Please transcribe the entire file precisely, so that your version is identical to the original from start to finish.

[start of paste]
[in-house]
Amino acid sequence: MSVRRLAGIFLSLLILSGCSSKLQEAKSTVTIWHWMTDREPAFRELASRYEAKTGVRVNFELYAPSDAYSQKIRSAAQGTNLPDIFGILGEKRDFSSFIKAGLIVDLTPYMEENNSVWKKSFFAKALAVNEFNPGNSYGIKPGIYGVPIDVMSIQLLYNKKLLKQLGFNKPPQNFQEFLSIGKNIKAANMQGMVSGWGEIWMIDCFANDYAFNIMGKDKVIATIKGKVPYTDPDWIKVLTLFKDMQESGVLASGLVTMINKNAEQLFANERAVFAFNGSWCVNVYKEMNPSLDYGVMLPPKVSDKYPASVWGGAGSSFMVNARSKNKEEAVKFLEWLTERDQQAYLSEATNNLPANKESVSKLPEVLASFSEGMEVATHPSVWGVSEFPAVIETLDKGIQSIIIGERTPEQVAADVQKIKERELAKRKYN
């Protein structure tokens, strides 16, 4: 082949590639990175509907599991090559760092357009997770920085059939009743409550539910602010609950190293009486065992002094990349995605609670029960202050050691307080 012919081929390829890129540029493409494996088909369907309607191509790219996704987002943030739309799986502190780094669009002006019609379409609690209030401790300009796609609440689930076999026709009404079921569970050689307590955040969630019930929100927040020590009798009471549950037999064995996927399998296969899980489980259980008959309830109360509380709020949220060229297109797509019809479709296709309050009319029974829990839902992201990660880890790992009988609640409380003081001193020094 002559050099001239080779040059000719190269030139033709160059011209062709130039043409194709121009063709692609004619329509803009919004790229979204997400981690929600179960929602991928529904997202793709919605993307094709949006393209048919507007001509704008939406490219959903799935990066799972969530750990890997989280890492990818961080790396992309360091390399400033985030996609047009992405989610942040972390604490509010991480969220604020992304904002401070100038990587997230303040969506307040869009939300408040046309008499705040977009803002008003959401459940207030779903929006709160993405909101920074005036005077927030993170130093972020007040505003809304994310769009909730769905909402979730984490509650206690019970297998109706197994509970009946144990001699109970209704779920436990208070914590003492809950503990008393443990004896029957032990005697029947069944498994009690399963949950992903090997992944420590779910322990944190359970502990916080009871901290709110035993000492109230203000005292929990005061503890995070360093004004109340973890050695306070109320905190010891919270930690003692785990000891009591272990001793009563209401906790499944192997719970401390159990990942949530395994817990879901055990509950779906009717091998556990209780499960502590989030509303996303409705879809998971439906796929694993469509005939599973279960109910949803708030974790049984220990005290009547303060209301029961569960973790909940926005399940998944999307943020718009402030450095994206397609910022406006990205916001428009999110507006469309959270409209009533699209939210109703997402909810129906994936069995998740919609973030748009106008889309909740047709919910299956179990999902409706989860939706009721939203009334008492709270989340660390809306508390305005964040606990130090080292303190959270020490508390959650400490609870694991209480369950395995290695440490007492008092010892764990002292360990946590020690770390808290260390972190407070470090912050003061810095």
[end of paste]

[in-house]
Amino acid sequence: MSVRRLAGIFLSLLILSGCSSKLQEAKSTVTIWHWMTDREPAFRELASRYEAKTGVRVNFELYAPSDAYSQKIRSAAQGTNLPDIFGILGEKRDFSSFIKAGLIVDLTPYMEENNSVWKKSFFAKALAVNEFNPGNSYGIKPGIYGVPIDVMSIQLLYNKKLLKQLGFNKPPQNFQEFLSIGKNIKAANMQGMVSGWGEIWMIDCFANDYAFNIMGKDKVIATIKGKVPYTDPDWIKVLTLFKDMQESGVLASGLVTMINKNAEQLFANERAVFAFNGSWCVNVYKEMNPSLDYGVMLPPKVSDKYPASVWGGAGSSFMVNARSKNKEEAVKFLEWLTERDQQAYLSEATNNLPANKESVSKLPEVLASFSEGMEVATHPSVWGVSEFPAVIETLDKGIQSIIIGERTPEQVAADVQKIKERELAKRKYN
């Protein structure tokens, strides 16, 4: 082949590639990175509907599991090559760092357009997770920085059939009743409550539910602010609950190293009486065992002094990349995605609670029960202050050691307080 012919081929390829890129540029493409494996088909369907309607191509790219996704987002943030739309799986502190780094669009002006019609379409609690209030401790300009796609609440689930076999026709009404079921569970050689307590955040969630019930929100927040020590009798009471549950037999064995996927399998296969899980489980259980008959309830109360509380709020949220060229297109797509019809479709296709309050009319029974829990839902992201990660880890790992009988609640409380003081001193020094 002559050099001239080779040059000719190269030139033709160059011209062709130039043409194709121009063709692609004619329509803009919004790229979204997400981690929600179960929602991928529904997202793709919605993307094709949006393209048919507007001509704008939406490219959903799935990066799972969530750990890997989280890492990818961080790396992309360091390399400033985030996609047009992405989610942040972390604490509010991480969220604020992304904002401070100038990587997230303040969506307040869009939300408040046309008499705040977009803002008003959401459940207030779903929006709160993405909101920074005036005077927030993170130093972020007040505003809304994310769009909730769905909402979730984490509650206690019970297998109706197994509970009946144990001699109970209704779920436990208070914590003492809950503990008393443990004896029957032990005697029947069944498994009690399963949950992903090997992944420590779910322990944190359970502990916080009871901290709110035993000492109230203000005292929990005061503890995070360093004004109340973890050695306070109320905190010891919270930690003692785990000891009591272990001793009563209401906790499944192997719970401390159990990942949530395994817990879901055990509950779906009717091998556990209780499960502590989030509303996303409705879809998971439906796929694993469509005939599973279960109910949803708030974790049984220990005290009547303060209301029961569960973790909940926005399940998944999307943020718009402030450095994206397609910022406006990205916001428009999110507006469309959270409209009533699209939210109703997402909810129906994936069995998740919609973030748009106008889309909740047709919910299956179990999902409706989860939706009721939203009334008492709270989340660390809306508390305005964040606990130090080292303190959270020490508390959650400490609870694991209480369950395995290695440490007492008092010892764990002292360990946590020690770390808290260390972190407070470090912050003061810095």